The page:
A Cardiff statue of NHS founder, Aneurin Bevan, has been fitted with plastic spikes to stop birds pooing on its head.
The 15ft (4.5m) high statue has been used as a loo by pigeons and seagulls.
The statue has stood proudly at Cardiff’s Queen Street for more than 30 years.
Supporters launched a campaign to make him appear more healthy – and officials came up with the three rows of spikes.
Former nurse Carys Thomas, 43, said: “Never mind the National Health Service, Nye needs a bash-a-gull health service to keep the birds off.
“He is meant to look strong and proud not covered in bird poo.”
Council officers were called on to help protect the historic statue to mark the 70th anniversary of the NHS.
Cardiff councillor Keith Jones said: “We have people coming here from all over the world and the statue itself is world renowned.
“Residents have complained about it and the business community themselves have concerns about the state of it.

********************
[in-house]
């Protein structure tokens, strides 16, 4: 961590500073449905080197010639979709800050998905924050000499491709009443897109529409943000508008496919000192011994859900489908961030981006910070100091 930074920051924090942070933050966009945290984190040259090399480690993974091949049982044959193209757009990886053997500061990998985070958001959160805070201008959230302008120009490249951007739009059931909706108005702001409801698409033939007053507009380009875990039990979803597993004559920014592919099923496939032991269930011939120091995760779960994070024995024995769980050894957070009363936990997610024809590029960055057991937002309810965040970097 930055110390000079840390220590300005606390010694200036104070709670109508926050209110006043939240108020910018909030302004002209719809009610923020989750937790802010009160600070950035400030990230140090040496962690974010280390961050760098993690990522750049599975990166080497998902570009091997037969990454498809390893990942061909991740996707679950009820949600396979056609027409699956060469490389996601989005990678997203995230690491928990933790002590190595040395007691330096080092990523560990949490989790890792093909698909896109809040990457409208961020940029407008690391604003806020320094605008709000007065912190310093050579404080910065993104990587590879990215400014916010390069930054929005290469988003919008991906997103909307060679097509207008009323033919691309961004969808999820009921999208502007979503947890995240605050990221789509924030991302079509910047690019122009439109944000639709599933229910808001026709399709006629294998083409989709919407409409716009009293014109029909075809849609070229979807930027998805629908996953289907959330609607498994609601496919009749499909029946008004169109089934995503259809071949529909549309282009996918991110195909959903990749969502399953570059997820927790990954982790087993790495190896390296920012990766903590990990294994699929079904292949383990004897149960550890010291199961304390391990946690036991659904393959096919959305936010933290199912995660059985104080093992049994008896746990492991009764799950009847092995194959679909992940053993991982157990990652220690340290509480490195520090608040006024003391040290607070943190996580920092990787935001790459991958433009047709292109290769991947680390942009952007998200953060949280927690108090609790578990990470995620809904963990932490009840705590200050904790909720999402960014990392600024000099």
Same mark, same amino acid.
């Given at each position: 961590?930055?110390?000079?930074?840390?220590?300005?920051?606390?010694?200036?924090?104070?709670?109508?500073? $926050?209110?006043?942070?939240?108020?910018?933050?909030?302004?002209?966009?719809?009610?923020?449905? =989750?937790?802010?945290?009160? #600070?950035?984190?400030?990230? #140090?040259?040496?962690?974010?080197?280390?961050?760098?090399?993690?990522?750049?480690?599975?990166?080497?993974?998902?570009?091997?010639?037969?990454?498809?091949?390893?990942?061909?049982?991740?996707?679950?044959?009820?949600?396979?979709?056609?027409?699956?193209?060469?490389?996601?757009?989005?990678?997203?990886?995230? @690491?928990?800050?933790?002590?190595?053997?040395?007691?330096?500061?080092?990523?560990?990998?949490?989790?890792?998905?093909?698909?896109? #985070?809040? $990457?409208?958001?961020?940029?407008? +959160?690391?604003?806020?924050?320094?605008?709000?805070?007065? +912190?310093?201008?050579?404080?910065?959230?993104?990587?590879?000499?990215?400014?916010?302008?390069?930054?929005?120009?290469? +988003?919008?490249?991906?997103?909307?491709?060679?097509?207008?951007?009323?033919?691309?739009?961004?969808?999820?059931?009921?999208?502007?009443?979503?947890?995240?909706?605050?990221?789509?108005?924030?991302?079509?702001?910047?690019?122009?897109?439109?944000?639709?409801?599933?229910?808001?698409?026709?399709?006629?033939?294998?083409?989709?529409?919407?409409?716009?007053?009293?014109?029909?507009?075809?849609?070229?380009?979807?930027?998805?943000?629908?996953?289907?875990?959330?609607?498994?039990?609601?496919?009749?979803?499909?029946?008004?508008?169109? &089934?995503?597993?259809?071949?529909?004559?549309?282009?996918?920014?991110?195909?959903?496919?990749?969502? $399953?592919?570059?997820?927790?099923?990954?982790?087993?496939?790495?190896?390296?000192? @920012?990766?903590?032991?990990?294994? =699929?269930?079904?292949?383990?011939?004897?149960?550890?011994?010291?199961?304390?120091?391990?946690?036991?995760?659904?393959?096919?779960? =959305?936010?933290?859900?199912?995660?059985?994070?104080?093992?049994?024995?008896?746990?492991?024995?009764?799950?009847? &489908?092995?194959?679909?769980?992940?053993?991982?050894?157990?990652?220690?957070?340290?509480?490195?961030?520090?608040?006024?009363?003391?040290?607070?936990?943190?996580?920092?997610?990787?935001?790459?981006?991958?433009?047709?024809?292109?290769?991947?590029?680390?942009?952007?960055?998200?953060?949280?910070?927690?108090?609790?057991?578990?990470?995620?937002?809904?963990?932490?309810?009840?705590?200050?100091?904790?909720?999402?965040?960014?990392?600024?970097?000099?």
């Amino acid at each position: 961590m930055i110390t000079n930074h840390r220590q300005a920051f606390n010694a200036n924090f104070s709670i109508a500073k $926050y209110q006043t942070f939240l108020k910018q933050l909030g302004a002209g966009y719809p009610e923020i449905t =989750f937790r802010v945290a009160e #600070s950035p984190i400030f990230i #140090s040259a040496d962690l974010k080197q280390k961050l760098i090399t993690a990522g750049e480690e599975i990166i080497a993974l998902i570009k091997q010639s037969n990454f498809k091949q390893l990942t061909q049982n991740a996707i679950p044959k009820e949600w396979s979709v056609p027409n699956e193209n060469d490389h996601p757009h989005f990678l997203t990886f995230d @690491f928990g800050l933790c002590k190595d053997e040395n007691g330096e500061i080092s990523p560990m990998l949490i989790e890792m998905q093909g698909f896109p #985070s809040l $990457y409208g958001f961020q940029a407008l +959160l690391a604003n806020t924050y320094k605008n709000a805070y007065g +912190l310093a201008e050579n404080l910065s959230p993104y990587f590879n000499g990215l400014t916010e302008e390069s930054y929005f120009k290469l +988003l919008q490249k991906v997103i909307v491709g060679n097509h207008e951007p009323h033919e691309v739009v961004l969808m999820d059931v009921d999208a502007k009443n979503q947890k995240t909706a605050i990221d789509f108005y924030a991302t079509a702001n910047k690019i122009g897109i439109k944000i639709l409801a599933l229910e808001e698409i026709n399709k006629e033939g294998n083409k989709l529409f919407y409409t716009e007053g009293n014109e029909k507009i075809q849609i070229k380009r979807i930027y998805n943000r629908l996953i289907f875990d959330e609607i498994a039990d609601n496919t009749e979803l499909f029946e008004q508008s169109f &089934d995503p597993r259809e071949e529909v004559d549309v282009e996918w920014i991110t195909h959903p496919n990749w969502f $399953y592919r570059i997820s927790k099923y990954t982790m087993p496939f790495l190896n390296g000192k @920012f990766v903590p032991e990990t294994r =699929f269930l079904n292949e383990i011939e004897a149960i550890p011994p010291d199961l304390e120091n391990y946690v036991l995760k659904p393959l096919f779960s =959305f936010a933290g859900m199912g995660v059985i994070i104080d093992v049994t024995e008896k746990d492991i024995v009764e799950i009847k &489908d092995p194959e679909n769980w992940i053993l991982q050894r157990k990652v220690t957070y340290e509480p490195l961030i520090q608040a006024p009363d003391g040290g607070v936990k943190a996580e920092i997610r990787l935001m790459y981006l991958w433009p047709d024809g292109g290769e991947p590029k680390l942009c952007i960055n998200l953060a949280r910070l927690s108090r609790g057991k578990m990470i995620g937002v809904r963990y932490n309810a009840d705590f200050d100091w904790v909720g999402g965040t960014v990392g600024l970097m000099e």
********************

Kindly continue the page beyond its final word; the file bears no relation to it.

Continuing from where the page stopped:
“The current state is just not good enough by anyone’s criteria.
“It’s an iconic statue and we want it to be in the best state it can be in.
“We’re going to look into how often it’s cleaned, manage how we can deter seagulls from the vicinity of the statue, and anything else we can look at.
“There is such a universal well regard for him and the decisions he’s made for the legacy of future generations. What we’re trying to do with the statue is make sure it’s there for the future.”
Along with the spikes, the statue will also have it gold lettering repainted and its base refurbished.
Cardiff Council say they will “continue to monitor the situation” in the hope the spikes will solve the issue.